Lifestyle interventions

English

Cost-effective tobacco control measures

Tobacco consumption is the second leading risk factor for death worldwide. It is estimated that currently 4.9 million people die each year due to tobacco-related diseases and, if current trends in tobacco consumption continue, this death toll will double in 20 years. As research continues into the effects of tobacco on health, the list of conditions that are caused or compounded by tobacco has expanded. There is nowadays evidence that almost every organ in the body is affected by tobacco smoking. Effective control of tobacco consumption has been seen in

The dietetics of smoking cessation in people with diabetes

Compared to people without the condition, people with diabetes are at increased risk from vascular diseases – including heart attack and stroke. This risk is further increased in people with diabetes who smoke; smokers with the condition should be advised by their health carers to stop smoking as a matter of urgency. But giving up the habit is not easy. Successful cessation requires people to surmount a number of difficulties, including strong physical, psychological and behavioural

The Mediterranean diet and the prevention of diabetes

In the 1950s, the relationship between dietary habits and cardiovascular disease was explored for the first time in an epidemiological study: the Seven Countries Study, which is considered a milestone of research in cardiology and nutrition. It was found that cardiovascular disease was 50% less common in the populations living in the Mediterranean area than in those living in northern Europe or the USA. The marked difference in the diets of the respective populations largely accounted for this disparity in rates of cardiovascular disease. In this article, Gabriele Riccardi

The Signal System: an empowering tool for healthy food choices

If the growing burden of obesity-driven type 2 diabetes is to be stabilized or reduced, the general public must receive adequate information about healthy eating. However, non-compliance with nutrition advice continues to hamper diabetes care. When it is available, this advice is traditionally given in standardized 24-hour menus as a list of ‘don’ts’. People are asked to keep a running count of the carbohydrates or calories they consume throughout the day. It is therefore not surprising that nutrition advice is perceived by many as being difficult to follow;

Diabetes care in China: meeting the challenge

In both human and economic terms, diabetes is becoming one of the most serious and costly health conditions worldwide. Economic development, bringing changes from a traditional to a modernized lifestyle, is driving a huge increase in the number of people with obesity-related type 2 diabetes in China. The extraordinary size of the problem is worrying; if current trends continue, diabetes will become a massive health burden in China. In this article, Changyu Pan looks at the status of diabetes care in China and highlights the need for regional and national initiatives to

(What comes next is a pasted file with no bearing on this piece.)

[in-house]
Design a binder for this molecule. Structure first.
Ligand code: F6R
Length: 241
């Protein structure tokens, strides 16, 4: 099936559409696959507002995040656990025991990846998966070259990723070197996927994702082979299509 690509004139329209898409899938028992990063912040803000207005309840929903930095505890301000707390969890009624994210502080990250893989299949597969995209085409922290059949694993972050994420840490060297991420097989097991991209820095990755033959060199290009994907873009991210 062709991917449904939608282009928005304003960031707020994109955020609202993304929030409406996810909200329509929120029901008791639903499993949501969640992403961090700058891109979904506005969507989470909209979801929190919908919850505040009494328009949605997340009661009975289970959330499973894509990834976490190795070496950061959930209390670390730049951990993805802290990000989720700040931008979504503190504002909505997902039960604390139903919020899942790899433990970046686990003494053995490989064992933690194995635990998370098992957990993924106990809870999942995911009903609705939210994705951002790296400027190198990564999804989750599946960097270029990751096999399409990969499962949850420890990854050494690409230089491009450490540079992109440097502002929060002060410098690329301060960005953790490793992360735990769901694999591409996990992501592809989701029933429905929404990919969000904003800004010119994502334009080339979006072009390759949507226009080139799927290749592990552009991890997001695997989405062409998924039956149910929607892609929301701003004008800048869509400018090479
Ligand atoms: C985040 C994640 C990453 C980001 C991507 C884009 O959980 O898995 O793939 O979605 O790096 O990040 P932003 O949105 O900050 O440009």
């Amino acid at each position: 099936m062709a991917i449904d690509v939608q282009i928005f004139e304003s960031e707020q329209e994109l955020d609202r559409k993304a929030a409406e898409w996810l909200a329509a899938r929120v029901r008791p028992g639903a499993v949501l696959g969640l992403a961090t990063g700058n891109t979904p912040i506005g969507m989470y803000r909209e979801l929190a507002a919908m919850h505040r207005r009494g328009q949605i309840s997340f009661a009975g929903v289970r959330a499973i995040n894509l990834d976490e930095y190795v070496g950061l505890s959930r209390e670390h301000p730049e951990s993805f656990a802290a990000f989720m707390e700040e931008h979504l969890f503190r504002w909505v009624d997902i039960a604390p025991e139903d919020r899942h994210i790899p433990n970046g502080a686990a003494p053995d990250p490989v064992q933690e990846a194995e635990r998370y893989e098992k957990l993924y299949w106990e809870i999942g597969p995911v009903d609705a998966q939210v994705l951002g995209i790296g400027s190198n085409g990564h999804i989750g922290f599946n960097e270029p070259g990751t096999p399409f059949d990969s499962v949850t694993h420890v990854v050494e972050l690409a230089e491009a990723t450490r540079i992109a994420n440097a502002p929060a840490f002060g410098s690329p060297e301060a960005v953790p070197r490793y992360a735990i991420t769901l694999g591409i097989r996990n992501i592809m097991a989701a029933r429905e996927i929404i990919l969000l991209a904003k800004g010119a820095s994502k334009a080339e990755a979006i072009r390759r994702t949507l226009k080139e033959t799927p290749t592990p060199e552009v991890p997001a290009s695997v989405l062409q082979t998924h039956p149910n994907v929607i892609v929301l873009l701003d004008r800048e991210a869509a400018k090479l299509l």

The history of diabetes nutrition therapy: from starvation to evidence-based recommendations

“For forty-eight hours after admission to the hospital the patient is kept on an ordinary diet, to determine the severity of his diabetes. Then he is starved, and no food allowed save whiskey and black coffee. The whiskey is given in the coffee: 1 ounce of whiskey every two hours, from 7am until 7pm. The whiskey is not an essential part of treatment; it merely furnishes a few calories and keeps the patient more comfortable while he is being starved.” Starvation (Allen) Treatment of Diabetes (1915).

The nutrition transition and the global shift towards obesity

Populations worldwide are becoming more corpulent. The levels of overweight and obesity in many low- to middle-income countries such as Mexico, Egypt, and South Africa rival that of the country used as the benchmark for this problem, the USA. Moreover, the rates of increase in obesity in these countries are double to quadruple those in the USA. In this article, Barry Popkin reports on the impact of important shifts in nutritional patterns and the trend towards inactivity.

Keeping people at the centre of care: a challenge to health professionals?

The establishment of a practice which puts the person at the centre of care will require a change in the attitudes and beliefs of health professionals, and people with diabetes. A service which places the person with diabetes at the centre of care will undoubtedly demand the adoption of this philosophy by the organizations responsible for the delivery of diabetes care, as well as those networks serving the

World Diabetes Day 2000

World Diabetes Day 2000 focused on “Diabetes and Lifestyle in the New Millennium”. It was an occasion to (re)discover the benefits of a healthy lifestyle and the ways in which to lead such a lifestyle. The impact of lifestyle on diabetes cannot be under-estimated and the theme in 2000 was the occasion to re-address this issue.

A cultural approach to diabetes therapy in the Middle East

The Middle East comprises countries such as Egypt, Israel, Jordan, Lebanon, the Palestinian Autonomous Territories and Syria, and contains several ethnic and religious groups. Moslem Arabs, however, are, by far, the largest population group and they form the dominant culture. Certain values belonging to this culture serve to make acceptance of diabetes nutritional therapy difficult. Nevertheless, it cannot be ignored that people with diabetes in the Middle East have to survive and try to be an accepted part of the society in which they live.

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